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36 votes
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Bilbo’s song of Eärendil in “The Fellowship of the Ring”

This answer grew too long for a single post, so I’ve split it in two, with history and analysis in this part, and detailed line notes in the other part. Summary Bilbo’s poem retells the myth of the ...
Gareth Rees's user avatar
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28 votes

Bilbo’s song of Eärendil in “The Fellowship of the Ring”

This is the second part of my answer, containing detailed line notes for the poem. If I’ve omitted any difficulties, let me know in the comments. I have preferred to use illustrative quotations from ...
Gareth Rees's user avatar
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21 votes
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Why did T.S. Eliot compare “waiting for death” with “a feather on the back of the hand"?

The couplet in question is: My life is light, waiting for the death wind, Like a feather on the back of my hand. And the poem describes Simeon, a biblical character. He is an elderly Jew who was ...
Matt Thrower's user avatar
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11 votes
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What is the deeper meaning of "The Tyger"?

This answer is somewhat of a generalization of my self answer to Why did the stars throw down their spears? where I ended up analyzing most of the poem to explain the meaning of one particular, ...
Torisuda's user avatar
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9 votes
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What did Lem find in his game-theoretical analysis of the writings of Marquis de Sade?

To say that Lem applied game theory to the writings of the Marquis de Sade is a little bit of an overstatement. In the essay Markiz w grafie (“The Marquis in the Network”) he first argues how game ...
Clara Díaz Sanchez's user avatar
9 votes
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Meaning of "My owners'll have to rank with the rest on their charter-party"?

Here's the situation with commercial shipping. You are a Norwegian timber merchant, with many planks of finest spruce to sell. You believe that you can make lots of money, if only you could deliver ...
alexg's user avatar
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7 votes

What is the deeper meaning of "The Tyger"?

The perceived "banality" in relation to Innocence & Experience may be regarded as a device. In fact, the poems are all quite profound, but structured in a way as to be suitable for children as ...
DukeZhou's user avatar
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7 votes
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What is the meaning of Blake's poem "The Sick Rose"?

There is no one answer: a key part of this poem's appeal is its ambiguity. On the surface, it seems a poetic description of a rose flower sickening and dying due to a parasitic infection. However, ...
Matt Thrower's user avatar
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6 votes

Meaning behind “Where Once The Waters Of Your Face“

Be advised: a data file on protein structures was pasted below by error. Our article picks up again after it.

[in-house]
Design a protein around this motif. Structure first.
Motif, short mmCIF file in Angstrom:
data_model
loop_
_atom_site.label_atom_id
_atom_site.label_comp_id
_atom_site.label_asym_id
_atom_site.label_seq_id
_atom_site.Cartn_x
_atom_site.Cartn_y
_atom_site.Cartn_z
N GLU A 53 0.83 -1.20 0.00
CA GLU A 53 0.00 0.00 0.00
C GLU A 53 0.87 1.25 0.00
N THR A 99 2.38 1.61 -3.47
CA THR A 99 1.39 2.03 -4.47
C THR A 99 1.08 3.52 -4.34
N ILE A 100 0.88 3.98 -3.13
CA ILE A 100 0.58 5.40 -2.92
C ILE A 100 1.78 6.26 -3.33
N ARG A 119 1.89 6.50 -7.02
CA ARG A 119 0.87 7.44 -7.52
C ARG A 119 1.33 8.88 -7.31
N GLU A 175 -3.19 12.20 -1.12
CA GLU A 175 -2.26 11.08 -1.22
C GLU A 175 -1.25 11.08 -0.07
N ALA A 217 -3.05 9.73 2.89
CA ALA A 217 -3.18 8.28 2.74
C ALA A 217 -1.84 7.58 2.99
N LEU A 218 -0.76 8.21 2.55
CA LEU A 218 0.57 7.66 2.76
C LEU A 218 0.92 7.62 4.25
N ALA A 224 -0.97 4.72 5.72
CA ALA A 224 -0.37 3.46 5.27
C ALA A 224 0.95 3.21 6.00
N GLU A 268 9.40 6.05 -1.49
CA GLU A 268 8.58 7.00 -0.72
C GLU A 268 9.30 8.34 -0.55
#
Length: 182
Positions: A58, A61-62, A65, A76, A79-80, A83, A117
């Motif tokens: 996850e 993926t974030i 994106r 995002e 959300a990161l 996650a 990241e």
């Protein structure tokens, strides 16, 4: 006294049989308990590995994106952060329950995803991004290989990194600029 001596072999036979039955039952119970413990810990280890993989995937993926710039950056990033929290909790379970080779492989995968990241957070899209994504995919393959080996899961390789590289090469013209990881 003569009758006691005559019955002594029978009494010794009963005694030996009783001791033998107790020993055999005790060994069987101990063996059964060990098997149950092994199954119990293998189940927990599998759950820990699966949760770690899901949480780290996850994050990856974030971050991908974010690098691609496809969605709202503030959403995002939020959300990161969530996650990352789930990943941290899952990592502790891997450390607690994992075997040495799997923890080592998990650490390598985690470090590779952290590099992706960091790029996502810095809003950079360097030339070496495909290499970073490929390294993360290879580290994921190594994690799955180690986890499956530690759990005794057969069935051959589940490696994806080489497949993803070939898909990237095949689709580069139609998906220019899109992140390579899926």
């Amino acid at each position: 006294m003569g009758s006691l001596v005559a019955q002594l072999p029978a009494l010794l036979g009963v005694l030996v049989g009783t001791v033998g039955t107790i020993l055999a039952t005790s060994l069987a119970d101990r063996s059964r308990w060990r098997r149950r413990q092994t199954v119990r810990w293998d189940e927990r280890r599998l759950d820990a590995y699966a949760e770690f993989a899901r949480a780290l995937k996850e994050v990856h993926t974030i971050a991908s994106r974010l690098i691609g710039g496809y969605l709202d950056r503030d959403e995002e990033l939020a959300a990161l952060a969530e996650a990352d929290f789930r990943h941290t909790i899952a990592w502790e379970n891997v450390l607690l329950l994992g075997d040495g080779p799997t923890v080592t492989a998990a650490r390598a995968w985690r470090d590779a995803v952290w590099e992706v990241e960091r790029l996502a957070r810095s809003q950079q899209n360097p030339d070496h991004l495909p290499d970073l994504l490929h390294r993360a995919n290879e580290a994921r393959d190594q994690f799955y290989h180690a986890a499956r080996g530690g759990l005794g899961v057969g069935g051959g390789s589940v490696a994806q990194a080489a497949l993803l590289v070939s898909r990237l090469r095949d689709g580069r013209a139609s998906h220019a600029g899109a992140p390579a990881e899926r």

Interpretation on Reading It seems to me, on reading the work, but not any analysis others have done of it, that the "you" of the poem is a personified voice of the oceans, all the seas of ...
David Siegel's user avatar
5 votes
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Ezra Pound's "In a Station of the Metro"

Interpretation ‘Apparition’ means simply ‘appearance’ (the poet is thinking about the way the faces looked), or ‘the action of becoming visible’ (the faces suddenly stood out from the crowd to the ...
Gareth Rees's user avatar
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5 votes
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What does T. S. Eliot mean by "This is the way the world ends/Not with a bang but a whimper"?

While what a poet is trying to tell the reader will usually be a matter of dispute, B. C. Southam shines some light on these lines in A Student's Guide to the Selected Poems of T.S. Eliot, pp. 217-8: ...
Jos's user avatar
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5 votes

"The Laburnum Top" by Ted Hughes - poem explanation

Let's look at the poem verse by verse. For a Hughes poem, it is surprisingly literal. The Laburnum top is silent, quite still In the afternoon yellow September sunlight, A few leaves yellowing, all ...
Matt Thrower's user avatar
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5 votes

William Ernest Henley's "Invictus"

"Invictus" means "undefeated" or "unconquered." The poem's narrator says that he is not daunted by the circumstances in which he finds himself. Here is a paraphrase. Out ...
verbose's user avatar
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5 votes

Actual meaning of Shakespeare's sonnet 30

The sonnet is, at least on the surface, as simple as can be: the speaker says that when they think about the past, they are sad, but when they think about “thee (dear friend)”, they are happy. That’s ...
Gareth Rees's user avatar
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4 votes
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What are the "lovely tales" in Keats' "Endymion"?